Punk rock retirement: MxPx packs Wasted Space for drummer sendoff
Mon, Jul 19, 2010 (12:45 p.m.)
Photo: April Corbin
It's only minutes before MxPx takes the stage at Wasted Space, but the crowd at this sold-out show is beyond restless. Fans in the front row are trying to interpret the initials at the end of the setlist — obviously, the songs to be played during the encore.
"P.R.S. is obviously 'Punk Rock Show.' They always end with that," says one fan, who's stuck on S.W. A nearby fan pulls out his smart phone and Googles a list of song titles. "Are you cheating?" someone asks him. "Yes," he replies without shame. Knowing beforehand is just that important.
Tonight is not about surprises. Indeed, it seems the majority of attendees have seen the 18-year-old pop-punk band multiple times — some dozen of times. Many have flown or driven to Vegas from other states and countries just to be a part of this memorable affair. It's the last concert for drummer Yuri Ruley, who has decided after 18 years to retire from touring and get a steady job so he can spend more time with his family.
To commemorate the evening, MxPx performs Life in General in its entirety — something they've never done before. It's a nod to the album that brought them most of their fans, one appreciated by the packed house, whose excitement is nearly palpable and ready to explode. Lead singer Mike Herrera references local venue Huntridge Theatre, noting nostalgically, "That place had no rules," before cautioning the excited fans at Wasted Space to behave and not get escorted out the show.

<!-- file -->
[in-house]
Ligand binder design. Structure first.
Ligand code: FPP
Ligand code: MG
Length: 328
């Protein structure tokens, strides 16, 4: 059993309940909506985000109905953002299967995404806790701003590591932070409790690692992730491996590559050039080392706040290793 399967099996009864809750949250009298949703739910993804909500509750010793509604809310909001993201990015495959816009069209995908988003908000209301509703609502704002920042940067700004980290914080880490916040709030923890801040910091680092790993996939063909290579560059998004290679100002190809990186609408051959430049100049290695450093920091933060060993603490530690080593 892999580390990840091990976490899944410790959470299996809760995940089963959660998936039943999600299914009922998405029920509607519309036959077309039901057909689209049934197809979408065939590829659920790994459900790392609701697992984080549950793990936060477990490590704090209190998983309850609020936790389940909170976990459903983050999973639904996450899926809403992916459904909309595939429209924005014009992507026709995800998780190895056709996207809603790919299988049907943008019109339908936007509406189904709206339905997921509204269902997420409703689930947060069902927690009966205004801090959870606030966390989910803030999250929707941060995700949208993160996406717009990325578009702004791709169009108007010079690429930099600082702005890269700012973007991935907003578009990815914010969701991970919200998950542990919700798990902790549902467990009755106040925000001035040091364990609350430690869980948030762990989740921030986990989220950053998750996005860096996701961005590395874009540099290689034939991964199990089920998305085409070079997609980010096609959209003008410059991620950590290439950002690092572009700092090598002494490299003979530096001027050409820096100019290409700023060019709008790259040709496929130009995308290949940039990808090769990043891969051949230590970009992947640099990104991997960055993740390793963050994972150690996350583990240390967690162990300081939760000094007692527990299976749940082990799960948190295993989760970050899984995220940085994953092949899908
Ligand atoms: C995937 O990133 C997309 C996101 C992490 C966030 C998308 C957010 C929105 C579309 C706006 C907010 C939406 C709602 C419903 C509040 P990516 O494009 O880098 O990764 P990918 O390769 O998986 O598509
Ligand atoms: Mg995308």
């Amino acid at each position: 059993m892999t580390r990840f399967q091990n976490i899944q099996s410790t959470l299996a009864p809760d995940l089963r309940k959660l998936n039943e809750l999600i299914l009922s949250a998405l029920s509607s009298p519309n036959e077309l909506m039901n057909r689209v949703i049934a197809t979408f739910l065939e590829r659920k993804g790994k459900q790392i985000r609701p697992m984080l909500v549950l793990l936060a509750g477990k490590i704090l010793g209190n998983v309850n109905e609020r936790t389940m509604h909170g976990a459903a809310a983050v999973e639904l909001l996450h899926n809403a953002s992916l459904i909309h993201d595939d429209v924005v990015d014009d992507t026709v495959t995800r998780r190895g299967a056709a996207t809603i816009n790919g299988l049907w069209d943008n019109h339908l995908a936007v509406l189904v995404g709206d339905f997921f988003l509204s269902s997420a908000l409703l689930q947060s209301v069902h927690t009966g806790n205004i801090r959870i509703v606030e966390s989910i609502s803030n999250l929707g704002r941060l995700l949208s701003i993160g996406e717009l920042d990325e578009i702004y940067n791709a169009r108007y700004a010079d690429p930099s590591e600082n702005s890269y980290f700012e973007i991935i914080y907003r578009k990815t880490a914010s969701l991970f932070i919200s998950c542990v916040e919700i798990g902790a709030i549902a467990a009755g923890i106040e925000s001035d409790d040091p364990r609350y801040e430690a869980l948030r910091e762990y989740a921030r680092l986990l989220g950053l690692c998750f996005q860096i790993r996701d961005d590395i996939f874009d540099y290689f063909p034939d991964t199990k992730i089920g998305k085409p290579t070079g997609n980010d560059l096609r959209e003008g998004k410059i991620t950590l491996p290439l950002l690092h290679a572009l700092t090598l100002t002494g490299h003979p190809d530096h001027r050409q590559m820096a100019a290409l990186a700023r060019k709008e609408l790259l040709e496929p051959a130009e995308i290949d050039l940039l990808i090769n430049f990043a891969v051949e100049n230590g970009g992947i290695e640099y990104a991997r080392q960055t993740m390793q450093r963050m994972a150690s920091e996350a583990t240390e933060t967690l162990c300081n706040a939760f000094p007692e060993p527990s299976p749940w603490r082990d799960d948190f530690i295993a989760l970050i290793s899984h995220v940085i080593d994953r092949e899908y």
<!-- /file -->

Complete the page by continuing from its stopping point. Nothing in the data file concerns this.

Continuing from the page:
- From the archive
- MxPx's Yuri Ruley to retire, play farewell show at Wasted Space (7/16/10)
A lot has changed since the rowdiness of that now-defunct all-ages venue. During "Responsibility," the now 33-year-old Herrera concedes, "I'm not sure how much longer I can sing this line: [I'm still young, and I'd like to stay that way.]"
Still, the passion is evident, and the group's as polished as a punk band can be. Though this is farewell, it isn't a funeral. Herrera and guitarist Tom Wisniewski will continue the band with another drummer, and Ruley is always welcome back. "We'll be back for a reunion tour, like The Who, when we're forty," Herrera jokes with the crowd.
"There is no such thing as retirement from punk rock."
Arguably one the coolest joints in town, the Hard Rock Hotel & Casino houses some of Vegas' best entertainment, restaurants and nightlife.
At Hard Rock, it's all about the music. From the light fixtures made out of drum cymbals and guitar shaped door handles to stage costumes and tools of the trade of legendary musicians displayed on the walls, the hotel screams rock and roll. The Hard Rock's Joint has hosted some the biggest names in music — from The Who to Bob Dylan to hometown heroes, The Killers.Aside from the music venues, the pool at the Hard Rock is one of its biggest attractions. Spread out over 4.7 acres, the pool area features swim-up blackjack, a bar and grill, private cabanas, a bevy of secluded nooks, a waterfall and an extensive live music venue with a dance floor. During the summer, the pool transforms into the Rehab club on Sunday afternoons.
The resident nightclub Body English fuses European elegance with a rock star bachelor pad and it often a hot spot for visiting celebs and popular DJs. Vintage rock memorabilia lines the walls at Wasted Space, Hard Rock's anti-club.
Restaurants at Hard Rock are just as hip as the rest of the casino. Pink Taco serves up Mexican dishes, as well as a Central American and Caribbean menu. Nobu, one of five worldwide Japanese-specialty restaurants from famed Nobu Matsuhisa, satisfies a different taste. For round-the-clock cuisine, Mr. Lucky's 24/7, is sure to ease your appetite even after a Vegas-all-nighter.